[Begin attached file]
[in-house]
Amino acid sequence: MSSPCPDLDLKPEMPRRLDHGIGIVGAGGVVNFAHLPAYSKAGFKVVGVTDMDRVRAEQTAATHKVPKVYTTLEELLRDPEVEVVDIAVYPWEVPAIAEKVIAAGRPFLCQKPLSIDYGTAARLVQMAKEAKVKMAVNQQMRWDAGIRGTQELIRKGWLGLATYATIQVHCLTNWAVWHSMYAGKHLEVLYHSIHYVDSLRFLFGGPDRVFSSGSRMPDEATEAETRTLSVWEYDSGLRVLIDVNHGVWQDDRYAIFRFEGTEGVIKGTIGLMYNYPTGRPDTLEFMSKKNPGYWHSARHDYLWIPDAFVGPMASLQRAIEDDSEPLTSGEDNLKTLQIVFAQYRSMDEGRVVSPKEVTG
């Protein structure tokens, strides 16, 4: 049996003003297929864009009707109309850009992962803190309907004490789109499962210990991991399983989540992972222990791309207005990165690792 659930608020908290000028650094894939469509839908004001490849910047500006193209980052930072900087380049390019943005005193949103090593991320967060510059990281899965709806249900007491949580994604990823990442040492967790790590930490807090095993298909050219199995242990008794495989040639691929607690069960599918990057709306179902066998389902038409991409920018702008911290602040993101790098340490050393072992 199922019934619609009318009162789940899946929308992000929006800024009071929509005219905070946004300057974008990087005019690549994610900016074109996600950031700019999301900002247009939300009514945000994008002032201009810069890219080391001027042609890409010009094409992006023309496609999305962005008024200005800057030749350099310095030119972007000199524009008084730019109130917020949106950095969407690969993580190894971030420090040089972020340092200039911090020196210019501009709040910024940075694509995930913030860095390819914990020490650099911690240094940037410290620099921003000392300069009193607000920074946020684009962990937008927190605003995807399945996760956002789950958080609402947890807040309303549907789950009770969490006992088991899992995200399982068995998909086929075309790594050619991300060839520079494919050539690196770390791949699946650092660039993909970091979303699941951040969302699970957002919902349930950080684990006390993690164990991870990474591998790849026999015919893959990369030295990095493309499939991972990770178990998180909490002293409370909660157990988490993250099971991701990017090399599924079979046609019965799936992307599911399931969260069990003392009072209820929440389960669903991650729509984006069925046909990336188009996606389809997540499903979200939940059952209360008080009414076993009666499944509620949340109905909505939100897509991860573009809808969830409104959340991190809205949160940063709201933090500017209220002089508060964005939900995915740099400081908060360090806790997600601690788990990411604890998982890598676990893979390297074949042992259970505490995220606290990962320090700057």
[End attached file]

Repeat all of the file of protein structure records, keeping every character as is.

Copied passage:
[in-house]
Amino acid sequence: MSSPCPDLDLKPEMPRRLDHGIGIVGAGGVVNFAHLPAYSKAGFKVVGVTDMDRVRAEQTAATHKVPKVYTTLEELLRDPEVEVVDIAVYPWEVPAIAEKVIAAGRPFLCQKPLSIDYGTAARLVQMAKEAKVKMAVNQQMRWDAGIRGTQELIRKGWLGLATYATIQVHCLTNWAVWHSMYAGKHLEVLYHSIHYVDSLRFLFGGPDRVFSSGSRMPDEATEAETRTLSVWEYDSGLRVLIDVNHGVWQDDRYAIFRFEGTEGVIKGTIGLMYNYPTGRPDTLEFMSKKNPGYWHSARHDYLWIPDAFVGPMASLQRAIEDDSEPLTSGEDNLKTLQIVFAQYRSMDEGRVVSPKEVTG
């Protein structure tokens, strides 16, 4: 049996003003297929864009009707109309850009992962803190309907004490789109499962210990991991399983989540992972222990791309207005990165690792 659930608020908290000028650094894939469509839908004001490849910047500006193209980052930072900087380049390019943005005193949103090593991320967060510059990281899965709806249900007491949580994604990823990442040492967790790590930490807090095993298909050219199995242990008794495989040639691929607690069960599918990057709306179902066998389902038409991409920018702008911290602040993101790098340490050393072992 199922019934619609009318009162789940899946929308992000929006800024009071929509005219905070946004300057974008990087005019690549994610900016074109996600950031700019999301900002247009939300009514945000994008002032201009810069890219080391001027042609890409010009094409992006023309496609999305962005008024200005800057030749350099310095030119972007000199524009008084730019109130917020949106950095969407690969993580190894971030420090040089972020340092200039911090020196210019501009709040910024940075694509995930913030860095390819914990020490650099911690240094940037410290620099921003000392300069009193607000920074946020684009962990937008927190605003995807399945996760956002789950958080609402947890807040309303549907789950009770969490006992088991899992995200399982068995998909086929075309790594050619991300060839520079494919050539690196770390791949699946650092660039993909970091979303699941951040969302699970957002919902349930950080684990006390993690164990991870990474591998790849026999015919893959990369030295990095493309499939991972990770178990998180909490002293409370909660157990988490993250099971991701990017090399599924079979046609019965799936992307599911399931969260069990003392009072209820929440389960669903991650729509984006069925046909990336188009996606389809997540499903979200939940059952209360008080009414076993009666499944509620949340109905909505939100897509991860573009809808969830409104959340991190809205949160940063709201933090500017209220002089508060964005939900995915740099400081908060360090806790997600601690788990990411604890998982890598676990893979390297074949042992259970505490995220606290990962320090700057």